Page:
Build A Stylish Dog Food Station

While this may be a project for big dogs, you can certainly adapt the concept to fit your own adorable fur ball! This dog food station nests the food and water bowls into the top, so there is no chance of them being knocked around, or knocked over. Are you tired of cleaning the mess? This plan is for you!

DIY Dog Food Storage and Feeding Station

This is a carpentry project. If you do not already have a few carpentry tools on hand, you may need to improvise. The finished piece is approximately 28.5″ wide, 13.75″ tall, and 20.5″ deep. If you don’t have enough space for something this size, you might see this as simply inspiration for your own idea.

Gather and Cut

Tools

  • Table Saw (or Circular Saw)
  • Pocket hole jig (the pocket screws act as clamps, and you can use brad nails with bar or pipe clamps instead)
  • Drill/Driver
  • Phillips screwdriver
  • Jig saw (for bowl openings in lid. You can probably also use a router, or even a rotary tool with router attachment)
  • Power sander (will certainly make the job go faster, but you can also use a sanding block)
  • Chisel set

Materials

  • 1 – sheet .75″ veneer plywood (maple, birch, etc.)
  • 3 – of 1″ x 3″ x 8′ pine boards
  • 1 – .75″ square poplar dowel (6′)
  • 1 – .75″ square poplar dowel (4′)
  • 1.25″ pocket screws
  • 1.25″ brad nails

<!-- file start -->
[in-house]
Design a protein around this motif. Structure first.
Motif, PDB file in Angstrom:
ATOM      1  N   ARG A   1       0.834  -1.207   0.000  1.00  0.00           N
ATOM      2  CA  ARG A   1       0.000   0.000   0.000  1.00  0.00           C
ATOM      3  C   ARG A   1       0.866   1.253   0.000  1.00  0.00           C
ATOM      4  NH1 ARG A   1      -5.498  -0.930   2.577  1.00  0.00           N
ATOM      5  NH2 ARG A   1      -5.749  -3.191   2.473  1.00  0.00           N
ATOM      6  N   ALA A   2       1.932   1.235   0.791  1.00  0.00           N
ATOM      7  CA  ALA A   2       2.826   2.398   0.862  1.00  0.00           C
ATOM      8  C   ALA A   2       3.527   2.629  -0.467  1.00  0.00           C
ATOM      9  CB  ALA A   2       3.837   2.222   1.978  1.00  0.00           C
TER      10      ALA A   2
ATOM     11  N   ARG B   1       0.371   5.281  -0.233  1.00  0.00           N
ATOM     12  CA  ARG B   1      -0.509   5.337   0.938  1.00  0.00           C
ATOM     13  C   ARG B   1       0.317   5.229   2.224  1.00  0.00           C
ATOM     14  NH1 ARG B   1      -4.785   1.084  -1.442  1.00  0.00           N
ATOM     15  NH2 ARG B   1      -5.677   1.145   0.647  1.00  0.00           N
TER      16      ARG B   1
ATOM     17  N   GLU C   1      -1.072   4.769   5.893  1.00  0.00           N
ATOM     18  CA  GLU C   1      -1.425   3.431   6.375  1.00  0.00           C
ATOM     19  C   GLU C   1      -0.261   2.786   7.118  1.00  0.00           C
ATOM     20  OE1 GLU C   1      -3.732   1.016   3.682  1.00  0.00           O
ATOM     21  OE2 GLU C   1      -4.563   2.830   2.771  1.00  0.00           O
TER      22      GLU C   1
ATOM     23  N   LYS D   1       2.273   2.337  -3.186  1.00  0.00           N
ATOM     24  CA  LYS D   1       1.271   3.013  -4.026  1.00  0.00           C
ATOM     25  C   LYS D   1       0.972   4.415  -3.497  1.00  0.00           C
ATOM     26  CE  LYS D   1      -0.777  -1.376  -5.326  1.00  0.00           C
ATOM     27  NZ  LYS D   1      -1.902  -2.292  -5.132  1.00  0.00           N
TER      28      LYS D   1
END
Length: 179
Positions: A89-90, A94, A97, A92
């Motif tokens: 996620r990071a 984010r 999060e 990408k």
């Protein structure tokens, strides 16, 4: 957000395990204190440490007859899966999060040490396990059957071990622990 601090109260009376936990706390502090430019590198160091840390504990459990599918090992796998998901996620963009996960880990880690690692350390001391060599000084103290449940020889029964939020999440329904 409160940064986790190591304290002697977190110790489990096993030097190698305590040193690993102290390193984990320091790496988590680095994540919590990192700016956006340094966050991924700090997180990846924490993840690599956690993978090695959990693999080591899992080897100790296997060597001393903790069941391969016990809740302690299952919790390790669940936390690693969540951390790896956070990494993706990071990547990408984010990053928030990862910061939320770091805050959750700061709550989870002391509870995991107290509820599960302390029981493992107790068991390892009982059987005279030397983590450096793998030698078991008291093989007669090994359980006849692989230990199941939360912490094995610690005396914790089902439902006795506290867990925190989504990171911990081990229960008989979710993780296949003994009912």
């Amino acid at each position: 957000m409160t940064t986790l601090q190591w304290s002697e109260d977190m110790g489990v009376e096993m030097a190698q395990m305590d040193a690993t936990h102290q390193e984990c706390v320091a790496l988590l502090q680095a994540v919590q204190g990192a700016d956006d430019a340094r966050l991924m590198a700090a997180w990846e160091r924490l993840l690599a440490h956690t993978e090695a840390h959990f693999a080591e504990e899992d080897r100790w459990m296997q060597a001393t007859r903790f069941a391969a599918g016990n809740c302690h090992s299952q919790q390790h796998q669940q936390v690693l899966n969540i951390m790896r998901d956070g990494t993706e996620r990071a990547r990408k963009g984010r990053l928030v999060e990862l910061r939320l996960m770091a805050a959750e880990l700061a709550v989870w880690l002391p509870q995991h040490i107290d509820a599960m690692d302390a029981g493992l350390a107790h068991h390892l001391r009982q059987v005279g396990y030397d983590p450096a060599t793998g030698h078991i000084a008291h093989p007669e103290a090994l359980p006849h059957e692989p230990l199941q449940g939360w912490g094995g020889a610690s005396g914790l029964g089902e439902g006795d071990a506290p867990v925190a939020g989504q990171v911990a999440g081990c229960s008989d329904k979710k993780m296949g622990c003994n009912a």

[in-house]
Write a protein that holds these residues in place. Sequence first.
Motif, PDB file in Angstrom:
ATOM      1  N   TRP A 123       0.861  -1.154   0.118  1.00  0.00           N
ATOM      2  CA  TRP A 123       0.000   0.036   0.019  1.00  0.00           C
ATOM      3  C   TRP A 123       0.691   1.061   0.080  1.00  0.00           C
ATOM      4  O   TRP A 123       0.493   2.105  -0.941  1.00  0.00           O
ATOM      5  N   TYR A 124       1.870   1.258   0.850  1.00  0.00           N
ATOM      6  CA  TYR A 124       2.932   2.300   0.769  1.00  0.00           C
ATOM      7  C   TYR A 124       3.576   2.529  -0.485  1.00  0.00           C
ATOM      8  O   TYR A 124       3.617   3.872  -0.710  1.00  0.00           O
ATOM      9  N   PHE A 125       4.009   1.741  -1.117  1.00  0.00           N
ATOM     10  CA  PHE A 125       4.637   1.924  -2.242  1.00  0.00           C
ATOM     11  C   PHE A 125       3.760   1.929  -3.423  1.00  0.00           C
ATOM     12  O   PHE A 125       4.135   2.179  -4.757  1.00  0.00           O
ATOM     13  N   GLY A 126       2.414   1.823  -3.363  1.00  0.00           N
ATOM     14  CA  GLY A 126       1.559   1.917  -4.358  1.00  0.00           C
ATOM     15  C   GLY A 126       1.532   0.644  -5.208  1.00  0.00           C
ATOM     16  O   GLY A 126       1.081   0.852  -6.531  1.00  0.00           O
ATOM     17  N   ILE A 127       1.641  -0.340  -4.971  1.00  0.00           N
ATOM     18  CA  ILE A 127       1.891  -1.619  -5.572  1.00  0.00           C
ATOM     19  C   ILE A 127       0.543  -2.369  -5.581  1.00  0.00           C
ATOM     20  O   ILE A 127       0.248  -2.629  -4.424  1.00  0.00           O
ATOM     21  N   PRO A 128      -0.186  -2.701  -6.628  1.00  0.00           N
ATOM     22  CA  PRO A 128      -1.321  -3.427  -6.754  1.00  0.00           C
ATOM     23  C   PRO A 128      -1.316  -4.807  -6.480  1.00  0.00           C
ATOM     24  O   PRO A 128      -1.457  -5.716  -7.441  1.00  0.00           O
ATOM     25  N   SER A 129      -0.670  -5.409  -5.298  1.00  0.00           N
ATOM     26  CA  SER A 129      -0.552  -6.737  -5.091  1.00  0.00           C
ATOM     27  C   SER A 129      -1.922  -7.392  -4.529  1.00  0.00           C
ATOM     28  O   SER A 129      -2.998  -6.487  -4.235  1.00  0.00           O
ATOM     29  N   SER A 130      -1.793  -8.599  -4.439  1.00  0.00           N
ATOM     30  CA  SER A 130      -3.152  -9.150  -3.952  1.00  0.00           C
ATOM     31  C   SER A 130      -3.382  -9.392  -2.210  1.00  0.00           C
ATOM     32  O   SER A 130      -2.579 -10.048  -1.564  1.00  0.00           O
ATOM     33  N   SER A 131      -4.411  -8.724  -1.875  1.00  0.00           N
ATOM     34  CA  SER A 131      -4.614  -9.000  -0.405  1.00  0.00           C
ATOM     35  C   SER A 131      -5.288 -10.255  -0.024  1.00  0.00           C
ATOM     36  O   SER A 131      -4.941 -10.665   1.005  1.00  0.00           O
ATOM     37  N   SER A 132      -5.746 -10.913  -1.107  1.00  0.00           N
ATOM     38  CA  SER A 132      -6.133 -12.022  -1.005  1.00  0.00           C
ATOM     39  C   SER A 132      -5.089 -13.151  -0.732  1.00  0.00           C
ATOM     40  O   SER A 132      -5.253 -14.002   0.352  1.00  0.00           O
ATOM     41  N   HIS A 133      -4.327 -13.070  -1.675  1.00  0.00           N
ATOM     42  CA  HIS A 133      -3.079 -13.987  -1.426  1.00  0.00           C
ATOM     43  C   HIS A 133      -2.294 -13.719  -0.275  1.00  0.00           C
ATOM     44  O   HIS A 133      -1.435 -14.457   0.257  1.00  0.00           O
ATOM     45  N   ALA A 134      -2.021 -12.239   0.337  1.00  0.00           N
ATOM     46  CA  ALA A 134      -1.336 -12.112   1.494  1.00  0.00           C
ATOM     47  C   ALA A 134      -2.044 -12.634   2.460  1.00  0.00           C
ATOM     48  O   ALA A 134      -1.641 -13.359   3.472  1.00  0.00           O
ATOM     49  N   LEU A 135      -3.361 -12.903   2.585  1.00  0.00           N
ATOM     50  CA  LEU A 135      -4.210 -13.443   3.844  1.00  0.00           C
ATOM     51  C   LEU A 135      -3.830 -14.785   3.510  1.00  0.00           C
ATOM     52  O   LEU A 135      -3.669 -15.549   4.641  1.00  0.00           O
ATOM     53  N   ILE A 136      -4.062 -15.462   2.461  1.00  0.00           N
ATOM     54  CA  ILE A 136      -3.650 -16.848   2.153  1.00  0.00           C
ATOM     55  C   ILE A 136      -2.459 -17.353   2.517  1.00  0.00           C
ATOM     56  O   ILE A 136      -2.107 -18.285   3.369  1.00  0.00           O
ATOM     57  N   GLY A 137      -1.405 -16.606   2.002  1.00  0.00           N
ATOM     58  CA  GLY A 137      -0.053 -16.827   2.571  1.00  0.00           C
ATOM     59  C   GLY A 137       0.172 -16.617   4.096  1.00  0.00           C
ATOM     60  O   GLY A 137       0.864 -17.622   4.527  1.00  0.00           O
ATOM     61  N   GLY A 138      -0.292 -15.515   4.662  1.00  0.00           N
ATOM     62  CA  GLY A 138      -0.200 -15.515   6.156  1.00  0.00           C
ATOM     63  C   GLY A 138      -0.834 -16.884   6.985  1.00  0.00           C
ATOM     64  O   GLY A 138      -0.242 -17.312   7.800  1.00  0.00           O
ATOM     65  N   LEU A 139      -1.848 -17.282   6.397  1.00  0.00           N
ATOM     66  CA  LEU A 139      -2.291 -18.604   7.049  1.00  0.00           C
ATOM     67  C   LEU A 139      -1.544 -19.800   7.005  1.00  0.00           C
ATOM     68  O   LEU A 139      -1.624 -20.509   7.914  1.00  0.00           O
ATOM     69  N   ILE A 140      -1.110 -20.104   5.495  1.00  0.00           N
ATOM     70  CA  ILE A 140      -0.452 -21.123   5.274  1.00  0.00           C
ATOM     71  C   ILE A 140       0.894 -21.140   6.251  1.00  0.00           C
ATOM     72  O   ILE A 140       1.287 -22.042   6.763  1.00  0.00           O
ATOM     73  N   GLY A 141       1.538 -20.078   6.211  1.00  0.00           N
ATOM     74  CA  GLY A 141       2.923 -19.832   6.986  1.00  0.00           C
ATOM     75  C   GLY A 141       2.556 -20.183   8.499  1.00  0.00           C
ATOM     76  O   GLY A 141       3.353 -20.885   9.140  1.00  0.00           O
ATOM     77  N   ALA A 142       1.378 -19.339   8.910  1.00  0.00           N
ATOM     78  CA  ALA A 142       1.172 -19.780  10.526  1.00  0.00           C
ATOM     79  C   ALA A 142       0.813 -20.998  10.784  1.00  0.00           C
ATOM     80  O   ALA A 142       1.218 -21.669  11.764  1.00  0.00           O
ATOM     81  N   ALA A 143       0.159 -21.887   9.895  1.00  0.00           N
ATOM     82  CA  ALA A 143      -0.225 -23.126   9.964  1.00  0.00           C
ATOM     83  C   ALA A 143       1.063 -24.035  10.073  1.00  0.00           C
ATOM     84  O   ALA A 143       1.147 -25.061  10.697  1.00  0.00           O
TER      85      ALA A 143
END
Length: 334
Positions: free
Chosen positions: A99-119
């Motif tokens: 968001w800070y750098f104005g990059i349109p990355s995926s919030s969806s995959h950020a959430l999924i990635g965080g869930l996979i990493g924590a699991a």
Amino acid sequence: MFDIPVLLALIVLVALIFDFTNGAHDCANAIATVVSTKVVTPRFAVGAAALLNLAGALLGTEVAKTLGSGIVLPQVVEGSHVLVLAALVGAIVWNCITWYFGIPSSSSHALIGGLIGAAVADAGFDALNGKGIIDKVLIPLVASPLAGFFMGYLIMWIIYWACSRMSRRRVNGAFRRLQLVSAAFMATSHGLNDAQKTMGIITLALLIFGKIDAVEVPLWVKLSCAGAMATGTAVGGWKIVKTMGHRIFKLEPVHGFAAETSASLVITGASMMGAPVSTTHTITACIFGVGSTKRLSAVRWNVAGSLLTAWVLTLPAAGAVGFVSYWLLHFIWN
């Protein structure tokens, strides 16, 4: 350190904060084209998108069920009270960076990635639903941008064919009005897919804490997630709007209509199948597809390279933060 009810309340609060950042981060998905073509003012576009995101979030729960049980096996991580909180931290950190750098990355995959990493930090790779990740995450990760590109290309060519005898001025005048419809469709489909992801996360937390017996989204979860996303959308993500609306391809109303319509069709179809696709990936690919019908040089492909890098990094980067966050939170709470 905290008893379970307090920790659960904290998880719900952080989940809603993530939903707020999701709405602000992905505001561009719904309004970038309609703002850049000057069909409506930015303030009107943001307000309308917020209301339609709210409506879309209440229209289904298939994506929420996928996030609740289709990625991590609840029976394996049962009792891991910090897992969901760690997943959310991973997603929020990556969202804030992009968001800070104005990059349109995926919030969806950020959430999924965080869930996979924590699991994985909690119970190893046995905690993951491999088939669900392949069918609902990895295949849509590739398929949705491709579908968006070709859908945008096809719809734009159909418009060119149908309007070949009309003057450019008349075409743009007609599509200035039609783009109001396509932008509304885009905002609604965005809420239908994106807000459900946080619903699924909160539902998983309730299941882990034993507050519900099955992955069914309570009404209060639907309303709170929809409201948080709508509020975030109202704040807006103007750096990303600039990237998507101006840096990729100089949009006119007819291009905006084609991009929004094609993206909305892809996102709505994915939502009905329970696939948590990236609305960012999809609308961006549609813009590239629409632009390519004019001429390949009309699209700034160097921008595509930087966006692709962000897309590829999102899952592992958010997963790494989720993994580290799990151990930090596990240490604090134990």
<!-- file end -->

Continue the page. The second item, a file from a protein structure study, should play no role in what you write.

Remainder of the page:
• Wood glue (we recommend water-resistant, food-safe glue, like TightBond III or Gorilla Wood Glue)
  • Stain (not required if you wish to only use paint).
    I recommend a finish like Danish oil, which imparts both color and protection. You can also stain, then finish with melted paraffin wax applied with a foam applicator brush. Once dried, scrape off the excess with a putty knife or card scraper for a food-safe (even for knives) finish.
  • Paint (not required if you wish to only use stain/finish)
  • 2 hinges + 1 lid support hinge
  • Wood filler or spackling (optional)

Cut List

  • 1 – .75″ plywood – 24″ x 16″
  • 2 – .75″ plywood – 17.5″ x 13″
  • 2 – .75″ plywood – 24″ x 13″
  • 1 – .75″ plywood – 27″ x 19″
  • 4 – 1″x3″ boards – 17.5″ (cut to fit)
  • 4 – 1″x3″ boards – 27″ (cut to fit)
  • 8 – 1″x3″ boards – 8″ (cut to fit)
  • 2 – .75″ square dowels cut at 45deg, 28.5″ on the long side (cut to fit)
  • 2 – .75″ square dowels cut at 45deg, 20.5″ on the long side (cut to fit)

Build It

First

  • Drill .75″ pocket holes into each short side of the front and back panels (24″ x 13″ plywood pieces)
  • Drill .75″ pocket holes into each long side of the bottom panel (24″ x 16″ plywood piece)
  • Glue and screw the front and back panels to the bottom panel.

The screws provide the clamping pressure. If you don’t have a pocket hole jig, you can use an extra square dowel (24″ long) in the inside corners of the joint, then glue the contact sides and fasten both panels to it with brad nails, then clamp.

Second

  • Glue and attach the side panels (17.5″ x 13″ plywood pieces) with 1.25″ pocket screws.

The screws provide the clamping pressure. If you don’t have a pocket hole jig, you can use an extra square dowel (16″ long) in the inside corners of the joint, then glue the contact sides and fasten both panels to it with brad nails, then clamp.